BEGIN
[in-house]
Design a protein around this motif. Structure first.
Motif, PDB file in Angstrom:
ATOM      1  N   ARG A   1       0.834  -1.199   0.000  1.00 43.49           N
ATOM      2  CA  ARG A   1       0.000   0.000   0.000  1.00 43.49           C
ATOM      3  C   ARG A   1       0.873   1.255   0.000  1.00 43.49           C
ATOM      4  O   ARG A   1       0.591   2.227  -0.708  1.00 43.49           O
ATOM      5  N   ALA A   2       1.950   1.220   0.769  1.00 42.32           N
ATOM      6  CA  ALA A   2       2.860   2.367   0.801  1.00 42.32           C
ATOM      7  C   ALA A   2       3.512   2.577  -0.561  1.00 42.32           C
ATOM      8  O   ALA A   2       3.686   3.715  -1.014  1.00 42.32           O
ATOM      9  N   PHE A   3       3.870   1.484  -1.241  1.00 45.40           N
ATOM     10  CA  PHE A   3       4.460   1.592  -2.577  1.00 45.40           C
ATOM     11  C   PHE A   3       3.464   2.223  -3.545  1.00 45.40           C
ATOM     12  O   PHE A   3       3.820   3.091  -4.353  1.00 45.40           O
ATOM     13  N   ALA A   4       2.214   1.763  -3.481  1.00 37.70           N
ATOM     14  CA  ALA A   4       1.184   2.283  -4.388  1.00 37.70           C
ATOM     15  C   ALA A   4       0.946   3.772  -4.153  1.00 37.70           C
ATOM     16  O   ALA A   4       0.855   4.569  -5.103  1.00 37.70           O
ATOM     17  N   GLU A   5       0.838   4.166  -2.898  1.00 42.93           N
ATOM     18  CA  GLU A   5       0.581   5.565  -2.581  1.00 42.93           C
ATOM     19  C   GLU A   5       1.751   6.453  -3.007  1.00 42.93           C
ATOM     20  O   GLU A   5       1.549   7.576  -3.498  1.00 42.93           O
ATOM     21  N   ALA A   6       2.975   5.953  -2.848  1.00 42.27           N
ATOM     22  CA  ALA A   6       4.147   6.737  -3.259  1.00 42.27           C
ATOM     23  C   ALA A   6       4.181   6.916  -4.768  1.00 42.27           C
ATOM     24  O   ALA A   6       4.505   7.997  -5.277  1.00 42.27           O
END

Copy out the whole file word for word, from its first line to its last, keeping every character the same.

[in-house]
Design a protein around this motif. Structure first.
Motif, PDB file in Angstrom:
ATOM      1  N   ARG A   1       0.834  -1.199   0.000  1.00 43.49           N
ATOM      2  CA  ARG A   1       0.000   0.000   0.000  1.00 43.49           C
ATOM      3  C   ARG A   1       0.873   1.255   0.000  1.00 43.49           C
ATOM      4  O   ARG A   1       0.591   2.227  -0.708  1.00 43.49           O
ATOM      5  N   ALA A   2       1.950   1.220   0.769  1.00 42.32           N
ATOM      6  CA  ALA A   2       2.860   2.367   0.801  1.00 42.32           C
ATOM      7  C   ALA A   2       3.512   2.577  -0.561  1.00 42.32           C
ATOM      8  O   ALA A   2       3.686   3.715  -1.014  1.00 42.32           O
ATOM      9  N   PHE A   3       3.870   1.484  -1.241  1.00 45.40           N
ATOM     10  CA  PHE A   3       4.460   1.592  -2.577  1.00 45.40           C
ATOM     11  C   PHE A   3       3.464   2.223  -3.545  1.00 45.40           C
ATOM     12  O   PHE A   3       3.820   3.091  -4.353  1.00 45.40           O
ATOM     13  N   ALA A   4       2.214   1.763  -3.481  1.00 37.70           N
ATOM     14  CA  ALA A   4       1.184   2.283  -4.388  1.00 37.70           C
ATOM     15  C   ALA A   4       0.946   3.772  -4.153  1.00 37.70           C
ATOM     16  O   ALA A   4       0.855   4.569  -5.103  1.00 37.70           O
ATOM     17  N   GLU A   5       0.838   4.166  -2.898  1.00 42.93           N
ATOM     18  CA  GLU A   5       0.581   5.565  -2.581  1.00 42.93           C
ATOM     19  C   GLU A   5       1.751   6.453  -3.007  1.00 42.93           C
ATOM     20  O   GLU A   5       1.549   7.576  -3.498  1.00 42.93           O
ATOM     21  N   ALA A   6       2.975   5.953  -2.848  1.00 42.27           N
ATOM     22  CA  ALA A   6       4.147   6.737  -3.259  1.00 42.27           C
ATOM     23  C   ALA A   6       4.181   6.916  -4.768  1.00 42.27           C
ATOM     24  O   ALA A   6       4.505   7.997  -5.277  1.00 42.27           O